Kimber's Nova Scotia (June 3, 2007)

Kimber’s Nova Scotia

By Stephen Kimber

June 3, 2007

Phoning it in

Poor Vince Hall. The Cape Breton regional councillor was feeling under the weather last week so he thoughtfully called the municipal clerk’s office from Halifax to say he wouldn’t be able to attend Tuesday night’s council meeting in Sydney and he just might… sniffle, sniffle, cough, cough… miss the next day’s budget session too.

Turns out Hall was a no-show not only for those meetings but also for another budget session on Thursday.

Miraculously, however, Hall was chipper enough to teach classes that same week at CompuCollege in Halifax.

Hall, who has a part-time teaching gig at the school, insists his excuse is legit. “I became ill and wasn’t able to travel,” he told the Cape Breton Post. “That’s the story. I am still not feeling well.”

If you think Hall’s excuse might not CompuTe, you’re not alone. Instead of meeting to discuss budgetary matters, his fellow councillors held an in-camera meeting back in Sydney to talk about Hall’s absence. In the end, however, they decided there’s nothing they can do to punish him; under the municipal act, a councillor can be removed only if he misses three consecutive council meetings.

When not claiming illness, Hall claims he did look over the budget documents in advance and decided it was all so ho hum his presence wasn’t needed.

The councillor is no stranger to controversy. Two months ago, he came under fire for billing the municipality more than $8,000 for two courses he took at Dalhousie. Two weeks after that, CBRM recreation manager Frank Bruleigh said Hall had threatened to cut his department’s budget unless the councillor received a few hundred dollars for a basketball team in his district.

Coincidentally, later this month, a Sydney area group called Voices of the Electorate is asking the Utility and Review Board to cut the size of the current 16-member council in half.

Spokesperson Everett Baker says Hall’s behaviour isn’t part of their argument, but he admits Hall is “certainly not helping [his] cause, that’s for sure.”

For sure.

Was the fog salty


Speaking of excuses, Deputy Education Minister Dennis Cochrane canceled a meeting Monday with the Yarmouth school advisory council because… it was too foggy. Cochrane and three officials were scheduled to fly into Yarmouth to defend the department’s funding formula, but fog canceled their flight plans.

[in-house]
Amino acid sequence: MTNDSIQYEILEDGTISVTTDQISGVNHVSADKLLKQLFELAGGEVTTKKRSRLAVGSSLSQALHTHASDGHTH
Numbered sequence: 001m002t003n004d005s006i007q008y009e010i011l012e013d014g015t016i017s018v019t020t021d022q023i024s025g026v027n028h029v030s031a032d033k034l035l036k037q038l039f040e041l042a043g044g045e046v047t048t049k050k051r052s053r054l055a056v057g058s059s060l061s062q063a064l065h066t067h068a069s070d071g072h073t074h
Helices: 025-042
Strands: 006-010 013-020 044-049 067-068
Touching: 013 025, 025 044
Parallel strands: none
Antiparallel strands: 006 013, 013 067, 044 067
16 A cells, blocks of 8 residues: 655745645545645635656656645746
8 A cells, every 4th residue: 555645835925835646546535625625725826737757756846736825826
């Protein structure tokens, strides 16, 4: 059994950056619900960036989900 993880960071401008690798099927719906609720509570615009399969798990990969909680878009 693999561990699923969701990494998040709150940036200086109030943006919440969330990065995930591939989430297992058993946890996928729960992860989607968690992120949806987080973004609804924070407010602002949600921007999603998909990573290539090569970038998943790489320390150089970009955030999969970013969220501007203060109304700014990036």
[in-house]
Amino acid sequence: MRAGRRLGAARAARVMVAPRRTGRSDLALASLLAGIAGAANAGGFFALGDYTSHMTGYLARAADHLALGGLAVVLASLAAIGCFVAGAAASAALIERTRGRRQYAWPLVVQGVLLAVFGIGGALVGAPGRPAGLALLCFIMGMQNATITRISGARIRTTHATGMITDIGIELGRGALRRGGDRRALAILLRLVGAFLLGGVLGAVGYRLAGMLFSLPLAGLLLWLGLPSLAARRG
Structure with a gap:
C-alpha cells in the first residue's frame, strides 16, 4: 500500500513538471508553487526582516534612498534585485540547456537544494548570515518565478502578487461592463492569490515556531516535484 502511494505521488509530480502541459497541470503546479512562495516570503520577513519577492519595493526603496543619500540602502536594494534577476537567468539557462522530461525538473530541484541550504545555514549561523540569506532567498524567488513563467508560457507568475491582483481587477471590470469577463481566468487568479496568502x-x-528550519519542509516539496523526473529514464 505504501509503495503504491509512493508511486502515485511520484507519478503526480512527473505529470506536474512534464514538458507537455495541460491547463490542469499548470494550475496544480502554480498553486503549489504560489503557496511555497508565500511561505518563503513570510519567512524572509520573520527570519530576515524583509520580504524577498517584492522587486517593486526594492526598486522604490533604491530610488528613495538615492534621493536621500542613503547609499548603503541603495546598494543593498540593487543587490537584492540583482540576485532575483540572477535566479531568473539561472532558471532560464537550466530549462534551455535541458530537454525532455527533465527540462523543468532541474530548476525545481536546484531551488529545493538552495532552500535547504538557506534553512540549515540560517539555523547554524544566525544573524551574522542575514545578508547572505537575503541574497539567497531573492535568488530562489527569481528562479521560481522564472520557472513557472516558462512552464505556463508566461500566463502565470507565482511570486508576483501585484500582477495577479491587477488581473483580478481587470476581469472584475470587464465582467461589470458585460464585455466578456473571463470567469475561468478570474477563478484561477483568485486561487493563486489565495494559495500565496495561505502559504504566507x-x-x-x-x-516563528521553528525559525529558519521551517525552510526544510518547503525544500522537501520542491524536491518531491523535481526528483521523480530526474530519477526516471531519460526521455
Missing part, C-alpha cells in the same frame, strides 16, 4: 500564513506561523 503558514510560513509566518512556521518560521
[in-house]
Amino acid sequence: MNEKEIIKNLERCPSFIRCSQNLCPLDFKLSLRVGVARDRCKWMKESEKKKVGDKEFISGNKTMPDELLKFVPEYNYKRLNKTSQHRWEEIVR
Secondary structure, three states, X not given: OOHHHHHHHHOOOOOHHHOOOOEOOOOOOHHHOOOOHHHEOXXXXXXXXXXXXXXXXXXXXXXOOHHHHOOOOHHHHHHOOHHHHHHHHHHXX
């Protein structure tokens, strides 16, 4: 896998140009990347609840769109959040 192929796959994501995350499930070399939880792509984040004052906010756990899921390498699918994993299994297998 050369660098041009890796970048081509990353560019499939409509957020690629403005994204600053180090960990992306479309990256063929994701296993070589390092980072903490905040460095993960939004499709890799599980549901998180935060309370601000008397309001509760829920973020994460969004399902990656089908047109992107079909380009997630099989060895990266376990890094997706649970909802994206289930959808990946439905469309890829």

Council members, principals, teachers, parents and school board officials were hoping to get answers to questions about the way in which the province parcels out funds to local school boards. They point out that the Strait Regional School Board at the other end of the province, which only has 300 more students, gets $13 million more in annual funding than their board.

Now they have another question.

Why did the deputy minister choose to fly instead of making the three-hour drive to Yarmouth for the 3:30 p.m. meeting? When members of the board met with Cochrane and Education Minister Karen Casey recently, they point out, they drove to Halifax.

A spokesman for Cochrane responds that flying is “actually the cheaper way to go,” especially when you consider “lost productivity.” He adds Cochrane will have good answers to the funding questions too… when the fog lifts.

The meeting will be rescheduled.

What the people (don’t) want

Shelburne municipal councillors have spent the past few weeks getting an earful from angry residents… and finally getting the message loud and clear.

Hundreds turned out at four recent municipal budget meetings to tell their elected representatives they weren’t amused with two proposals that would have resulted in a 17 per cent tax hike.

The proposals, put together by staff and initially supported by Warden Paulette Scott, included buying the former local naval base — which is now officially known as Shelburne Park, but which the locals call the “money pit” — from the troubled South West Shore Development Authority, and spending another $600,000 to lease space for new municipal offices in the controversial former youth detention centre property.

On Monday night, to “scattered applause,” councillors voted down both proposals.

“It’s what the people want,” allowed Councillor Raymond Davis.

Even Warden Scott agreed, saying obliquely that the regional development authority will now ” do what it has to do and council will do what it has to do.”

But that’s not likely to be the end of it. ShelburneCountyToday, a web site, reports that some concerned citizens have asked the provincial ombudsman to investigate SWSDA for what they described as “significant deleterious financial and development effects on the taxpayers in the Municipality of Shelburne in particular and all of southwestern Nova Scotia in general.”